‘Udûn’ Solves Major Mysteries, Still No Sauron (RECAP)
[Warning: The following contains MAJOR spoilers for The Lord of the Rings: The Rings of Power Episode 6, “Udûn.]
The Lord of the Rings: The Rings of Power previews suggested Episode 6, “Udûn,” would be a big one, and they weren’t kidding. The newest installment solves mysteries that previously seemed settled and sent a massive plot twist plummeting through Middle-earth at the end — literally. And while we still don’t know who Sauron is after weeks of teasing, it seems one candidate from the list of possibilities can be crossed off.
The battle for the Southlands began with Adar (Joseph Mawle) leading his Orc children to the Southlands tower, where Arondir (Ismael Cruz Córdova), Bronwyn (Nazanin Boniadi), Theo (Tyroe Muhafidin), and the rest of the humans who stayed to fight were preparing for battle. The small but strong group successfully toppled the tower, crushing a slew of the Orc army. But Adar pressed on, waging part two of their battle in the neighboring village later on.
The loyal Southlanders barely pulled through a victory in the second fight, which saw Bronwyn gravely injured. To their horror, the survivors discovered they hadn’t been fighting Orcs in the second battle — they were killing their own. Adar sent the Southlanders who pledged fealty to him into this fight, their helmets shielding their faces. Arondir, Theo, the injured Bronwyn, and the rest of the good guys found themselves trapped in their tavern shelter with Adar killing them one by one until they handed over the black sword hilt.
Previous episodes revealed the hilt was a key, but what it unlocked remained a mystery. To save his mother, Theo turned the hilt over. (Before the fighting began, Arondir and Bronwyn finally kissed and declared they would live together as a family when the dust settled. Theo seems open to this as his bond with Arondir deepens. We’re still wondering if/when the mystery of Theo’s father will be solved.) When hope seemed lost, the cavalry arrived.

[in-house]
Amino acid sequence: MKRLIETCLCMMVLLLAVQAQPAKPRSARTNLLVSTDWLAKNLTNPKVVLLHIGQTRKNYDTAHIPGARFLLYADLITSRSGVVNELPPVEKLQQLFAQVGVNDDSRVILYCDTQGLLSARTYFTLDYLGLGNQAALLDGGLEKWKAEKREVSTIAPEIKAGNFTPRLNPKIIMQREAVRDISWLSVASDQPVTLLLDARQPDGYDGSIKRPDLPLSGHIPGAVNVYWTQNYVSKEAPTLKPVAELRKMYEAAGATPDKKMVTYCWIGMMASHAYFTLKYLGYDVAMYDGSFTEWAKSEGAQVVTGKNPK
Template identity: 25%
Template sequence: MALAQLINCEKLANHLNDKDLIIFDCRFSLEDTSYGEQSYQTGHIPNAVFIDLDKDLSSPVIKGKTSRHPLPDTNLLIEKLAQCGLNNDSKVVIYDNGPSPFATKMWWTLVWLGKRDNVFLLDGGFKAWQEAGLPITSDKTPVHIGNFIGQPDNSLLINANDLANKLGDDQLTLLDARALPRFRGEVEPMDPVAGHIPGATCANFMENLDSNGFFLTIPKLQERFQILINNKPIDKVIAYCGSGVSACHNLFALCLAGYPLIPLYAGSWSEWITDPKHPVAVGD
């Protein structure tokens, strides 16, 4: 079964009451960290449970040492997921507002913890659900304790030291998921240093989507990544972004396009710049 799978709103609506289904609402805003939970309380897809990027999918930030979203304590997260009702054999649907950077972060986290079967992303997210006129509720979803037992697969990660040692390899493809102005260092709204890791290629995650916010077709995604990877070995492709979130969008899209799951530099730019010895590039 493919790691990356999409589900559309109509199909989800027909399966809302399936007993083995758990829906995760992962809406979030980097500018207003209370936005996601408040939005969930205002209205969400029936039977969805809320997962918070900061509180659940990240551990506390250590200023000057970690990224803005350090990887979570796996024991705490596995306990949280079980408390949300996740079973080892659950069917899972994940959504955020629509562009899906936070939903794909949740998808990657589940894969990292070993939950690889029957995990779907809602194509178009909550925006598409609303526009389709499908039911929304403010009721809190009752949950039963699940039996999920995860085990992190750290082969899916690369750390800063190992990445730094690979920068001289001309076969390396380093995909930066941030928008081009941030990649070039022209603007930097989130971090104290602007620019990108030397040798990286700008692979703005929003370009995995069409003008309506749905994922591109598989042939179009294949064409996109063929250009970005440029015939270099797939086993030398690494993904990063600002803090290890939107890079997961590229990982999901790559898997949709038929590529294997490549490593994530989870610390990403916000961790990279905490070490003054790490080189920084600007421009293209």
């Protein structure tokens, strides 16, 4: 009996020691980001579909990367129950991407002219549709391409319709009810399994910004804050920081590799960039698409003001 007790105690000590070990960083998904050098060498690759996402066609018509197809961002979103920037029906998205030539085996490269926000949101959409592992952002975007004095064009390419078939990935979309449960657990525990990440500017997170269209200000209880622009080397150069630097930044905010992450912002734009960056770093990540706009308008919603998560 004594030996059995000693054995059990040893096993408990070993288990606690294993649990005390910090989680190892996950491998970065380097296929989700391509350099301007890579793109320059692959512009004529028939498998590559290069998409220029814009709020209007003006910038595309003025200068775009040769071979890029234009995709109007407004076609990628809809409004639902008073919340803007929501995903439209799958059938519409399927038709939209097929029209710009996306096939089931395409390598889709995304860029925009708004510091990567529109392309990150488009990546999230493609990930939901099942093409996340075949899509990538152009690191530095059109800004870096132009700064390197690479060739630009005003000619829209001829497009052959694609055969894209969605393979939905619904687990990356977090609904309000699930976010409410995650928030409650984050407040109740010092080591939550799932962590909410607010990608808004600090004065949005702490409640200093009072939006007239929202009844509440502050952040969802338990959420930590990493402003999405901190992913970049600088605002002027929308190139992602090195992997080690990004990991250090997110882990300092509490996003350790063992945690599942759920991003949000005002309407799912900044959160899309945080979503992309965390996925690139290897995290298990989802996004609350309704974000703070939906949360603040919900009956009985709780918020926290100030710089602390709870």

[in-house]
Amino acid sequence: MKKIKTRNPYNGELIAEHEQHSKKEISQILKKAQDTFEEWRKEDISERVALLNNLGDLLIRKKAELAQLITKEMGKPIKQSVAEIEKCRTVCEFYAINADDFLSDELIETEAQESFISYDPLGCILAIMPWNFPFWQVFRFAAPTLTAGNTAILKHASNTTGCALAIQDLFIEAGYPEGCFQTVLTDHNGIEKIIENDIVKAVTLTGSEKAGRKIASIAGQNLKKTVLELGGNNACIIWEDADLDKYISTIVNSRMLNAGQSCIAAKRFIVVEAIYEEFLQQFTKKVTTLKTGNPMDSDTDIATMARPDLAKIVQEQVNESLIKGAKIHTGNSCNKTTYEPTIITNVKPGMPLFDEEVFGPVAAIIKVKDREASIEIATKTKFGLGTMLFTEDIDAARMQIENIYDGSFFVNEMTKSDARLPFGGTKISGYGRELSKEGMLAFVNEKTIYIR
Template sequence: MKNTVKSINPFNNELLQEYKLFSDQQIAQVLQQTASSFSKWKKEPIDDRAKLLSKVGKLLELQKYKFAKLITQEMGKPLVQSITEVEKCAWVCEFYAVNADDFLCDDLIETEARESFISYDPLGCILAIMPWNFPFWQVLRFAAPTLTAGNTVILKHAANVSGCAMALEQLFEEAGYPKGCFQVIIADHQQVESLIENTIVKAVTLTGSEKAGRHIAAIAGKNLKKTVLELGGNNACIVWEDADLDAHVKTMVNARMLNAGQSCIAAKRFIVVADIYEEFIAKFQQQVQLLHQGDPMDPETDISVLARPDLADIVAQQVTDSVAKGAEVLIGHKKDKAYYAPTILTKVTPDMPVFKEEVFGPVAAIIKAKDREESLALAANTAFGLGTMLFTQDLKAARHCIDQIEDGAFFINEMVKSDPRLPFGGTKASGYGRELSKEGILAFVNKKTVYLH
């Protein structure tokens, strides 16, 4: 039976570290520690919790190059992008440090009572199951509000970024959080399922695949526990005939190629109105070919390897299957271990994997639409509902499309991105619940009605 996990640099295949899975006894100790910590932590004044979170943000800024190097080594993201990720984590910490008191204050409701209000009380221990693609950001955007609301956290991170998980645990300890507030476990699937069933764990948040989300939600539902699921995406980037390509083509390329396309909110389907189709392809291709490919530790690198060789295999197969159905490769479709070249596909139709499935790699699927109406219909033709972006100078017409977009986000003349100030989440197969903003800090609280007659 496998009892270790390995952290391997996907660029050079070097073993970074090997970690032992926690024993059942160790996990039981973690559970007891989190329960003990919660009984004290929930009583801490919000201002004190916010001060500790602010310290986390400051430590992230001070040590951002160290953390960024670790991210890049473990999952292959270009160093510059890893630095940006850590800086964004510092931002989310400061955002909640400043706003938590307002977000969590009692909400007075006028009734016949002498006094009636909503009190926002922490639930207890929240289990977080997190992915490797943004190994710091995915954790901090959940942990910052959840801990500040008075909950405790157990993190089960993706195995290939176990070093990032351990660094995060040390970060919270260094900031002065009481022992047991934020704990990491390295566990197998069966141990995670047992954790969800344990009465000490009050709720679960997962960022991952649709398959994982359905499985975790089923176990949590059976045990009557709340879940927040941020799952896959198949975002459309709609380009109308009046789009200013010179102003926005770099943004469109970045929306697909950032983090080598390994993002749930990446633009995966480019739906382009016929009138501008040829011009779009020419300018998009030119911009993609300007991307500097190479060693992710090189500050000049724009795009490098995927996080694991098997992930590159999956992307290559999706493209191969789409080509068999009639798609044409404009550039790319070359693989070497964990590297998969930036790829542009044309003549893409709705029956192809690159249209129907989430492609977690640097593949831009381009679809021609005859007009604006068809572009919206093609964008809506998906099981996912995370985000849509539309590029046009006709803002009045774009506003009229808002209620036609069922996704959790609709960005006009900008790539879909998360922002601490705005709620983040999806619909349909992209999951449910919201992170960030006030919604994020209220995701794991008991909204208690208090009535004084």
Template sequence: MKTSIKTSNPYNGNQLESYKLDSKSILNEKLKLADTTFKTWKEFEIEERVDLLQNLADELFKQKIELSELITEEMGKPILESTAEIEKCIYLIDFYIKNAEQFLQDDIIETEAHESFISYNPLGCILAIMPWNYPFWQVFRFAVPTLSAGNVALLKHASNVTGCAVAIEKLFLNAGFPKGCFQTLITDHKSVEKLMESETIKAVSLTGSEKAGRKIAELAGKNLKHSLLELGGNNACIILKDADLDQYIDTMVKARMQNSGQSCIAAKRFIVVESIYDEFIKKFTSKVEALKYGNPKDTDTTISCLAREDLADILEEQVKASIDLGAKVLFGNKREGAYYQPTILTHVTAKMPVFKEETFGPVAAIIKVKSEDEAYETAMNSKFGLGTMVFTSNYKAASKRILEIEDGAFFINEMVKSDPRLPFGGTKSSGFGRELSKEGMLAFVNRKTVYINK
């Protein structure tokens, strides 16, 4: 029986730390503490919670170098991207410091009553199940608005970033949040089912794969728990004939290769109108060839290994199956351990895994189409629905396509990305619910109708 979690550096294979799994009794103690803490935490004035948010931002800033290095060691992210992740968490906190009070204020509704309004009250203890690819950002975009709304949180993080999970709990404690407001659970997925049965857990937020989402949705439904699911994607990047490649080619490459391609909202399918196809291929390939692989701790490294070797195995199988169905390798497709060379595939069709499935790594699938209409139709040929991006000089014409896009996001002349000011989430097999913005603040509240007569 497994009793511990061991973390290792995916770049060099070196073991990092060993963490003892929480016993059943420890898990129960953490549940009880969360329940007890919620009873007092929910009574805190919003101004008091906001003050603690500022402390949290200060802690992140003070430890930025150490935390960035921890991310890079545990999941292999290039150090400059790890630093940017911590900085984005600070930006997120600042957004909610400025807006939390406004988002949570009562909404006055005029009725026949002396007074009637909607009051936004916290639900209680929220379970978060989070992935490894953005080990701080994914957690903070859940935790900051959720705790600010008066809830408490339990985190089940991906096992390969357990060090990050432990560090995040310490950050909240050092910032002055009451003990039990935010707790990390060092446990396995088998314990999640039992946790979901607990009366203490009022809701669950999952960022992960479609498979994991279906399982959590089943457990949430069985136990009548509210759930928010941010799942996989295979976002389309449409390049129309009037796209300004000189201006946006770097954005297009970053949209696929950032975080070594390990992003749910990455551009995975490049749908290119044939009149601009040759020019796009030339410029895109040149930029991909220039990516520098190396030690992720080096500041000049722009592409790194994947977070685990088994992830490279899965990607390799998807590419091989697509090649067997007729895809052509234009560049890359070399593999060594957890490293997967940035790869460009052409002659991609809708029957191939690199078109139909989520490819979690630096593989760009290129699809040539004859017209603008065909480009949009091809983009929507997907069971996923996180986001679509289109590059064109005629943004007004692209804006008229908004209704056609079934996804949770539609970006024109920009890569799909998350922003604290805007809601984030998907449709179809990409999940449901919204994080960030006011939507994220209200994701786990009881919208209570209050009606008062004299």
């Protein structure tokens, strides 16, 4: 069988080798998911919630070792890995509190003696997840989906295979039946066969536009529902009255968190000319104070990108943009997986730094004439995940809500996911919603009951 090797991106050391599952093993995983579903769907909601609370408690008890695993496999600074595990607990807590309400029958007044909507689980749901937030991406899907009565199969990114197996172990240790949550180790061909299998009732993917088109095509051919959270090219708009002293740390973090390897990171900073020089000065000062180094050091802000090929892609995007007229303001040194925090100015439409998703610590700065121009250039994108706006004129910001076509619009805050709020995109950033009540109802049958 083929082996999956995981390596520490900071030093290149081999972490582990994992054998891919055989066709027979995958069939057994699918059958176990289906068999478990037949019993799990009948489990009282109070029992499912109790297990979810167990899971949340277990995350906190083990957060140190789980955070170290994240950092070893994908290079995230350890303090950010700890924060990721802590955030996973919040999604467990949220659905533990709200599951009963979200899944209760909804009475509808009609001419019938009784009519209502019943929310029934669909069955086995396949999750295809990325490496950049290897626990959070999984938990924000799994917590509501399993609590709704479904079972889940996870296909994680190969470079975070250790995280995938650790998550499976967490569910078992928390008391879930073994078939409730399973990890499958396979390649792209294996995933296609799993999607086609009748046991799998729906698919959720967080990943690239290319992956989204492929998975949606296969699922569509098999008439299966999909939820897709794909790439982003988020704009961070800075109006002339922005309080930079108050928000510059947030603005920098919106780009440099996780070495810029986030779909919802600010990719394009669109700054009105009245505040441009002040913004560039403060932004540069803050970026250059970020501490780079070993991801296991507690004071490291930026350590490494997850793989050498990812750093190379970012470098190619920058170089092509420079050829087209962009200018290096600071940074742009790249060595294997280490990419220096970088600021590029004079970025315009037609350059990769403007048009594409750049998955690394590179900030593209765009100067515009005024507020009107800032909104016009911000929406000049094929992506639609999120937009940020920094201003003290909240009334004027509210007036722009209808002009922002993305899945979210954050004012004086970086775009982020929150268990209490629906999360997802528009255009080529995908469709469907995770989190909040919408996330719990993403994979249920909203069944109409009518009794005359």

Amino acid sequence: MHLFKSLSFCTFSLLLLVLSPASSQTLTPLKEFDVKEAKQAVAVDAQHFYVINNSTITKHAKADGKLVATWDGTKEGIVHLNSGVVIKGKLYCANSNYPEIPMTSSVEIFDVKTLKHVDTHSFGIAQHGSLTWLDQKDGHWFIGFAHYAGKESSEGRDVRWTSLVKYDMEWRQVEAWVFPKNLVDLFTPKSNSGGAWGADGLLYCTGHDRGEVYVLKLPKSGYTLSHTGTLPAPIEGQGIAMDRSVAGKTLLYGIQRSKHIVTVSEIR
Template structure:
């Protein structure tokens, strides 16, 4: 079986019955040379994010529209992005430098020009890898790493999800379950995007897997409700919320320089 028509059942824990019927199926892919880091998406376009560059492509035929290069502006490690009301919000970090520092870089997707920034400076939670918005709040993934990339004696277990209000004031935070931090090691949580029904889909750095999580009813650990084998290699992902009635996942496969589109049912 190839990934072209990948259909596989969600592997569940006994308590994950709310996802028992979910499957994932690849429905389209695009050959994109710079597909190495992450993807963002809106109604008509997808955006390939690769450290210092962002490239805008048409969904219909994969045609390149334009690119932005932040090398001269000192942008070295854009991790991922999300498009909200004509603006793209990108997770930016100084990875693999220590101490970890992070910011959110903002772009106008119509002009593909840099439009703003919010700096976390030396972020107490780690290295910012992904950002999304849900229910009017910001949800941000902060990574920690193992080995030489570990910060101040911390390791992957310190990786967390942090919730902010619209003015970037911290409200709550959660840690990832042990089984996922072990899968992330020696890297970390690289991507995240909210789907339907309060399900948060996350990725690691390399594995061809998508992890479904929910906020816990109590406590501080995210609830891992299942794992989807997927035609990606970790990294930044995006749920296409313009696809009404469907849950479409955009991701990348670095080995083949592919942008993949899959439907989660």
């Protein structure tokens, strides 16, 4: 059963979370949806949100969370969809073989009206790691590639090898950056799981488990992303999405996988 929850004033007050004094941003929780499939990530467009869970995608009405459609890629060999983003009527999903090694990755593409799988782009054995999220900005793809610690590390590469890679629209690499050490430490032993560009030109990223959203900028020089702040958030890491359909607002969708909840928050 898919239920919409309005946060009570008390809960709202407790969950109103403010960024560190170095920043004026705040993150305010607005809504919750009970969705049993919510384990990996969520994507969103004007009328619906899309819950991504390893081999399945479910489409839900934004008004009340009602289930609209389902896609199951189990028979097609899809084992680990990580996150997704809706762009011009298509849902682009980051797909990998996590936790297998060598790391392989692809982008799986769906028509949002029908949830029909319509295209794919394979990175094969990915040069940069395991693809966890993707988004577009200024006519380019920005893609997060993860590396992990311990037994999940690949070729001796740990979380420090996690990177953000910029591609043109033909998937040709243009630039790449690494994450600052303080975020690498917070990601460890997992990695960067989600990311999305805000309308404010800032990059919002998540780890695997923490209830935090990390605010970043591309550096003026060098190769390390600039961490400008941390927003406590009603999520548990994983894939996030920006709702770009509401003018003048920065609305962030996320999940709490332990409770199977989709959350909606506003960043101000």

The thundering stampede of the Númenorean army charging toward the Southlands with Galadriel (Morfydd Clark) at the helm was a sweeping, sprawling sight that brought up the thrill of Peter Jackson’s similar battle sequences. This battle in the Southlands wasn’t nearly as large in scale as the movie trilogy’s most epic battles, but the fight and stunt choreography in The Rings of Power deliver refreshingly new action sequences that are delightfully unpredictable to watch. It saves the coolest stunts for Clark and Córdova, but even Arondir was starstruck when witnessing the commander of the northern armies in her combat glory. (One satisfying thing The Rings of Power has that Game of Thrones did not: characters in faraway places meet sooner rather than later.)